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Meet Ellie

Know where your money comes from

Know where your money comes from

20 year-old Ellie Dobbs has a positive outlook on life and the student from the Isle of Man truly appreciates being surrounded by inspiring friends, family and the serene beauty of the island. Ellie is passionate about reversing the effects of ocean pollution, reminding us that 8 million metric tonnes of plastic end up in our oceans every year.

What do you value most in life?

I live in such a way where my happiness is my focal point. So I think it is reasonable to say that happiness is what I value most.

After prioritising my alone time over the last few months, I created the opportunity to get to know myself and my goals much better. I have been able to increase my awareness of my own being and the world around me. This has enhanced my happiness and left me feeling incredibly settled and powerful as I am more aware of my place in the world allowing me to live in such a way that is true to myself and creates a positive impact.

I also learned that I am accountable for my own happiness – I aim to create a positive environment by surrounding myself with wonderful people, keeping a positive mind and making time to do things that I love. 

Favourite things and who inspires you?

I work and revise a lot which causes me a lot of stress. So it is important to take some time out to refresh myself. To do this I cook a lot and go running – these are definitely my favourite things at the moment.

I’ve recently turned vegetarian so I invested in some brilliant cookbooks to help and I now look forward to spending time preparing every meal and discovering new foods that will nourish my body. I find myself in my own little bubble in the kitchen when preparing food, it is such a calming and therapeutic process that can take your mind off anything.ellie dobbs 2

When I was younger I complained a lot about living on such a boring little island; the Isle of Man. I now find myself being able to appreciate all the natural beauty it has to offer. My increasing interest in running has coincided with my growing appreciation for the island. When I am out running, I find myself looking around and thinking about how lucky I am to be able to live in such a beautiful place. I have a special place on my runs where I sit for 10 or 15 minutes to just listen to the waves and be inspired by the view. 

I wouldn’t say that there is a single person that inspires me as there are many people in my life who possess characteristics that inspire me on a daily basis. There are people I work with that demonstrate endless patience and understanding when trying to teach others. My best friends inspire me to be a happy person and try out new things, they remind me (without even knowing they do it) to be mindful and keep a calm, level head too. My dad, most importantly inspires me to work hard at whatever I do in life and leave a positive impact wherever I go.

 What is the most valuable lesson you think you have learnt?

It is most important to remember that if you are faced with a tough time or period in life you just have to keep going and face it as best as you can – be adaptable and try to remember the positives. You will always come out of the other side having learned something.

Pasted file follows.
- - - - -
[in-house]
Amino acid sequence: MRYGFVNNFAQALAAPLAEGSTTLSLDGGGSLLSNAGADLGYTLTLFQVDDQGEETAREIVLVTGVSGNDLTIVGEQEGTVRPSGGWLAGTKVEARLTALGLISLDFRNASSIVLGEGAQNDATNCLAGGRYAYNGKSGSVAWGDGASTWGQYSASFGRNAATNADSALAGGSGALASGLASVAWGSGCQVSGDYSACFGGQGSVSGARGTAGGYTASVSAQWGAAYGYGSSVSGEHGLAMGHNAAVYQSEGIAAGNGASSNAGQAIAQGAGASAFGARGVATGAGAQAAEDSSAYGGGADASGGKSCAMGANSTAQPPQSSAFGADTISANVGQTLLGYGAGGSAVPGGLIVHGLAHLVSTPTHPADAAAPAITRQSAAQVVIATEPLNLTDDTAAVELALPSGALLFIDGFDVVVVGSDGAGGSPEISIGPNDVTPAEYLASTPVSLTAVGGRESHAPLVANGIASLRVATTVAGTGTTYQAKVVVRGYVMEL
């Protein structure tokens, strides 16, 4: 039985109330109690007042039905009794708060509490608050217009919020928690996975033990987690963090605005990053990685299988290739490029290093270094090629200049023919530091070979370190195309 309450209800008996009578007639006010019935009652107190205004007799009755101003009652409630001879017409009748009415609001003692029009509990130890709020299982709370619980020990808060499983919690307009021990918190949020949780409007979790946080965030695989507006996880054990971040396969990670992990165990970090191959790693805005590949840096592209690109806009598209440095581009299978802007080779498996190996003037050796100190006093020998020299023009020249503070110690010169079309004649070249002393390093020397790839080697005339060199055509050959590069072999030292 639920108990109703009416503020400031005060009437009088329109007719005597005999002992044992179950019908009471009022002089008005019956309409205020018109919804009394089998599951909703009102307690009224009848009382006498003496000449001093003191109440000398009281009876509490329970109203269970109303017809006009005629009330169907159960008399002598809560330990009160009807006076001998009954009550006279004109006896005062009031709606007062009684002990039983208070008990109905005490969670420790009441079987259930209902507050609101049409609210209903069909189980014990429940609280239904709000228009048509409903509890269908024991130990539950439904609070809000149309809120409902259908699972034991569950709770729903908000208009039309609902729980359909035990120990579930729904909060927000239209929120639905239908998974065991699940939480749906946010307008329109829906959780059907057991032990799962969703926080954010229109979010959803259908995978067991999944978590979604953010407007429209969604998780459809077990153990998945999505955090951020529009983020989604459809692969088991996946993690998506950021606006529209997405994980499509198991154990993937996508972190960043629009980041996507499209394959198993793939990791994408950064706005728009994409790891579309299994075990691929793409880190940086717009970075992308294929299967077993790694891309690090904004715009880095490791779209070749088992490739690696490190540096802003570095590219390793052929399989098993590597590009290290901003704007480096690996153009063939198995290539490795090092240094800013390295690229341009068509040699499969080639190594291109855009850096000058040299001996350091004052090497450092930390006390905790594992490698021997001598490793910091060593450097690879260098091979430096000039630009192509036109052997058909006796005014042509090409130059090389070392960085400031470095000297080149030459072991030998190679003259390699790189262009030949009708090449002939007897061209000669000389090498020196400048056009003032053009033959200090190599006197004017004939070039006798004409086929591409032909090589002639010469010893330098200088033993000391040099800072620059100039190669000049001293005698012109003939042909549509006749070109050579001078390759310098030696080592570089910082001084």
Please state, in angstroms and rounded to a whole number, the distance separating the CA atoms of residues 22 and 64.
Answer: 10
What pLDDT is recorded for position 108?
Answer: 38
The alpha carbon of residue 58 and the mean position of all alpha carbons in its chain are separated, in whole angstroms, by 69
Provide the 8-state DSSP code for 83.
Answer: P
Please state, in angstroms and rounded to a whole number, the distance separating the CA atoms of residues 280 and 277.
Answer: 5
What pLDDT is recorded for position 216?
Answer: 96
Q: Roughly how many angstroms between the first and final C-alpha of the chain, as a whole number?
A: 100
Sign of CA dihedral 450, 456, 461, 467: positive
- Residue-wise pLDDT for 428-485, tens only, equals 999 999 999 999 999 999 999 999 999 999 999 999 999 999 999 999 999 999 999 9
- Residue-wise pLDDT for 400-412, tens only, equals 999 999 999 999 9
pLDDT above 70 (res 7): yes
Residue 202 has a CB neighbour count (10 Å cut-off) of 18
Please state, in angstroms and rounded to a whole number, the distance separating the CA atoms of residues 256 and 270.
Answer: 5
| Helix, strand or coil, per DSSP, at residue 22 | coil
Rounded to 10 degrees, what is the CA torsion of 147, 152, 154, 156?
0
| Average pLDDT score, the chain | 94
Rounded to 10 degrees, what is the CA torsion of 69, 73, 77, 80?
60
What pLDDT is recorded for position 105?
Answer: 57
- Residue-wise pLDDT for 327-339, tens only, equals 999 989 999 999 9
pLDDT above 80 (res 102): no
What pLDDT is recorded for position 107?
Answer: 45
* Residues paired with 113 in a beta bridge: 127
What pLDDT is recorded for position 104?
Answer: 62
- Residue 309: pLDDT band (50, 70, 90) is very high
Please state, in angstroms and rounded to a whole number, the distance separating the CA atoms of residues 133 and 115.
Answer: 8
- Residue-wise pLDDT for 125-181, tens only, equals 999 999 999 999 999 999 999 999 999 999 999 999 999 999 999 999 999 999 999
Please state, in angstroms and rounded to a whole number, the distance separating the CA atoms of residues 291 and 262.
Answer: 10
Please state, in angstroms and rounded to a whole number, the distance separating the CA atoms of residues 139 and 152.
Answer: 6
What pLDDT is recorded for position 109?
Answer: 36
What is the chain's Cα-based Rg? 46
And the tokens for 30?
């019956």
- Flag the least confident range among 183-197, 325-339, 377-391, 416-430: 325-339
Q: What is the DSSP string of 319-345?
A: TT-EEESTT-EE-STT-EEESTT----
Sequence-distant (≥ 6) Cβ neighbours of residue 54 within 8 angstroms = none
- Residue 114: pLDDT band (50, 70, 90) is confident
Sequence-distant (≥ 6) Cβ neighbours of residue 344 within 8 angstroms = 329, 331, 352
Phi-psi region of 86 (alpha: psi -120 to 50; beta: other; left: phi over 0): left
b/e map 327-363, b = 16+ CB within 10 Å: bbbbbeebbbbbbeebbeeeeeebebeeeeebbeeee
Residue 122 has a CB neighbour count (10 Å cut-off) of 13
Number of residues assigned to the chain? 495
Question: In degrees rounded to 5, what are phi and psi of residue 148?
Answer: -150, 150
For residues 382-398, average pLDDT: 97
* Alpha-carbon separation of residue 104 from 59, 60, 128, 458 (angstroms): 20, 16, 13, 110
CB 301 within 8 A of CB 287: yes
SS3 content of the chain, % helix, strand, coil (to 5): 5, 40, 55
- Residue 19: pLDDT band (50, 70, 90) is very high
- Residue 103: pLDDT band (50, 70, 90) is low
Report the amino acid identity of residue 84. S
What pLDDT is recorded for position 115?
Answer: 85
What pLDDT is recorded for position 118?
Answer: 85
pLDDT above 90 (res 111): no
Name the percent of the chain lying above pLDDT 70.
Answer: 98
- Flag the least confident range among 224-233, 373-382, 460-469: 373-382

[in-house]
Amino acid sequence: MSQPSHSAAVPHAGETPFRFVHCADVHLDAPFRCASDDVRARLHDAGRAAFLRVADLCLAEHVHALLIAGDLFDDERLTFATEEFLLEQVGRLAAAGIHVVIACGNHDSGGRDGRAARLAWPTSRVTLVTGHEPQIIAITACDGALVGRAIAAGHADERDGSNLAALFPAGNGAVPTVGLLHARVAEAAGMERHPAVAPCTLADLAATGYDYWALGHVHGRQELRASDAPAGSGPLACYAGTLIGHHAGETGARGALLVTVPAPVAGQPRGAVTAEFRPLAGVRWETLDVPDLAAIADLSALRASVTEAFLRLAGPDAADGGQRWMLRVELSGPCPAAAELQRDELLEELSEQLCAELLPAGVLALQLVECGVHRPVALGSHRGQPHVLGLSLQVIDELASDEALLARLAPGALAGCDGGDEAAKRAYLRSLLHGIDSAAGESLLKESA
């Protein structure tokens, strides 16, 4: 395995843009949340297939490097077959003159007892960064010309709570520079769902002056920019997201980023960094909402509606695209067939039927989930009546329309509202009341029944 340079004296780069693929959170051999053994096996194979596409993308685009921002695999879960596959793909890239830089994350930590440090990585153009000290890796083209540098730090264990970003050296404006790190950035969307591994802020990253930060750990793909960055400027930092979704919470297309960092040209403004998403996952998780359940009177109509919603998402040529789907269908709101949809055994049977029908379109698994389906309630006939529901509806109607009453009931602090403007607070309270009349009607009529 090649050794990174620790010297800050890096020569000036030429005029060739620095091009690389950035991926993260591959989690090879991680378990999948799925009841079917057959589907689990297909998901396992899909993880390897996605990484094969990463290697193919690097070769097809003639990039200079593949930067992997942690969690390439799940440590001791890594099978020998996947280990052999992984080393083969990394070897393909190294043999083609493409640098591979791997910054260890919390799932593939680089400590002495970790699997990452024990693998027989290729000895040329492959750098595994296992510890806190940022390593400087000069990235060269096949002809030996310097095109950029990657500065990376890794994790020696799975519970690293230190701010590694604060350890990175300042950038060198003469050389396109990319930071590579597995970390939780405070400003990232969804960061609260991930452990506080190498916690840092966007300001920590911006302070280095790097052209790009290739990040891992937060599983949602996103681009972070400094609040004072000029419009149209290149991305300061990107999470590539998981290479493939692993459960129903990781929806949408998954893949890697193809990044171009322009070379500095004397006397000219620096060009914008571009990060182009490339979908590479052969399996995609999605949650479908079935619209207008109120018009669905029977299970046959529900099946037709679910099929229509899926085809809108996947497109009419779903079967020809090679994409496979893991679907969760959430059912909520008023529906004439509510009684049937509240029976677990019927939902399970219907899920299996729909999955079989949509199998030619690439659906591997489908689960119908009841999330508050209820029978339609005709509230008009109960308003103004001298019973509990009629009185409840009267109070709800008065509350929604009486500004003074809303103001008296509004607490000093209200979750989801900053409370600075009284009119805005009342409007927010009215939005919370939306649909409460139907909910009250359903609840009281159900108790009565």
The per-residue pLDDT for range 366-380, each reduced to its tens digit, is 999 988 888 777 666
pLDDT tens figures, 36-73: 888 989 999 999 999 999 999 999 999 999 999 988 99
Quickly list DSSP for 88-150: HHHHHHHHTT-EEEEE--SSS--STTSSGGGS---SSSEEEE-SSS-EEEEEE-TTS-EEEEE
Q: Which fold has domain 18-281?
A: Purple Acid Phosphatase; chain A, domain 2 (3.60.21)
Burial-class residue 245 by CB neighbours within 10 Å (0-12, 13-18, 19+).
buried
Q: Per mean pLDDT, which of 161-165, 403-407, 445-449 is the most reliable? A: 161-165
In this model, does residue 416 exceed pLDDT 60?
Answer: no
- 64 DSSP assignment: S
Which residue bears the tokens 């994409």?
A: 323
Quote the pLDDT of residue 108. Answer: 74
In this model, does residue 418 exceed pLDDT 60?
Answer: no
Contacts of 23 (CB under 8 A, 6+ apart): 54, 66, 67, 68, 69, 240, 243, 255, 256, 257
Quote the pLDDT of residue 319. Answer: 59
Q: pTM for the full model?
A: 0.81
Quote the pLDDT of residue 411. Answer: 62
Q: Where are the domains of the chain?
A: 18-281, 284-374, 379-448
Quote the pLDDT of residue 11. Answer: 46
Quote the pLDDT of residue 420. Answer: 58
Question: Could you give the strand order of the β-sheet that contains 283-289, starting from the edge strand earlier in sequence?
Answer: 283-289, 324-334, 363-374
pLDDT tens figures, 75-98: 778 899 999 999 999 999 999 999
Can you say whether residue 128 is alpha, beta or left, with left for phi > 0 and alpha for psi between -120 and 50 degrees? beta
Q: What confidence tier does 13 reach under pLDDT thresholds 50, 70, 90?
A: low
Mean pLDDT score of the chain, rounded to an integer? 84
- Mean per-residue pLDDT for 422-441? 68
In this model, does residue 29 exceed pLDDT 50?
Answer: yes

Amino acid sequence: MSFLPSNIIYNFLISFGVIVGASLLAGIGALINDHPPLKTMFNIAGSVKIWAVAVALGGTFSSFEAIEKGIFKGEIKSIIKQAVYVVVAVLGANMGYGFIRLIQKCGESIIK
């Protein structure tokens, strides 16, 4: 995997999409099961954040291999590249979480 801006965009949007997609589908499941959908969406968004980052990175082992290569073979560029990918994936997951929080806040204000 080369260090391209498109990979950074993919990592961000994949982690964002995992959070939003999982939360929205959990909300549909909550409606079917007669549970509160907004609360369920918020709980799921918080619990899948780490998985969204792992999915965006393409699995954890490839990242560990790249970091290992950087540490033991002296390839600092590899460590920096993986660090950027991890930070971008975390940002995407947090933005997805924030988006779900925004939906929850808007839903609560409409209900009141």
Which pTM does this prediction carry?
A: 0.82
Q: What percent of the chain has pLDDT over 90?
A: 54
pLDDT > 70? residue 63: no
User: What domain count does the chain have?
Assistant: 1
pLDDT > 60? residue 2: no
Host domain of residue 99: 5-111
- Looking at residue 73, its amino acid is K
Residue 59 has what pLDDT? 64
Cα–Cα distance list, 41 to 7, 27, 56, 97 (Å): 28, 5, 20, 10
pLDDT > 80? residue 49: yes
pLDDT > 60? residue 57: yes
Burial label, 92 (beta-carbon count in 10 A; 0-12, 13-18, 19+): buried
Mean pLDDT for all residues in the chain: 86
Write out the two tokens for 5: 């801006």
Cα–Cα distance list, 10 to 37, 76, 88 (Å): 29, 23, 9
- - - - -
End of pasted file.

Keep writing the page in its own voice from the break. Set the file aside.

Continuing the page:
Can finance be a force for good in the future?

Of course it can. When in the right hands and under the appropriate influence, the power of money and finance can be utilised in the most productive way. It is crucial when considering the development of society as a whole and it fuels innovation. Unfortunately when the power falls into the wrong hands it can be incredibly detrimental, especially in terms of furthering the income inequality.

The wealthy corporations and individuals/investors must change the future by steering away from being self-focused and aim to care more about others and the world as a whole. Ultimately the act of realising that taking care of ourselves and others is far more important than any material or financial gain.

What would you like to share with our Colour of Money readers?

Ocean waste shutterstock_423430807 EDITEDAn issue that I have been thinking about a lot recently is the ever increasing plastic pollution of our land and oceans. If you were to take a walk along any beach in the world you would most likely come across plastic bottles, plastic bags and many other items of this nature.

A study conducted at UC Santa Barbara’s National Centre for Ecological Analysis and Synthesis quantified the input of plastic waste into the ocean from land. They concluded that 8 million metric tonnes of plastic end up in our oceans every single year – this is equivalent to five grocery bags filled with plastic for every foot of coastline in the world. By 2025 the annual input is estimated to be approximately twice this.

Plastic is so toxic to the marine life on and off shore and it is not sustainable for us to keep using this purely because it is cheap and versatile. There are many alternatives that can be used that would not cause harm and threaten the marine life and their habitats.

The alternative that stands out the most for me would be the hemp plant. This plant is incredibly diverse and so ecological. It is easily the most sustainable material nature has to offer. Its fibrous roots enrich the soil, the plant itself grows quickly and it can be used for things such as biofuel and paper. Most importantly it is a viable feedstock for plastics production, it is biodegradable meaning that it won’t stick around and disrupt habitats much like plastic does.

I would urge anyone to do some further research on the benefits of utilising this material!

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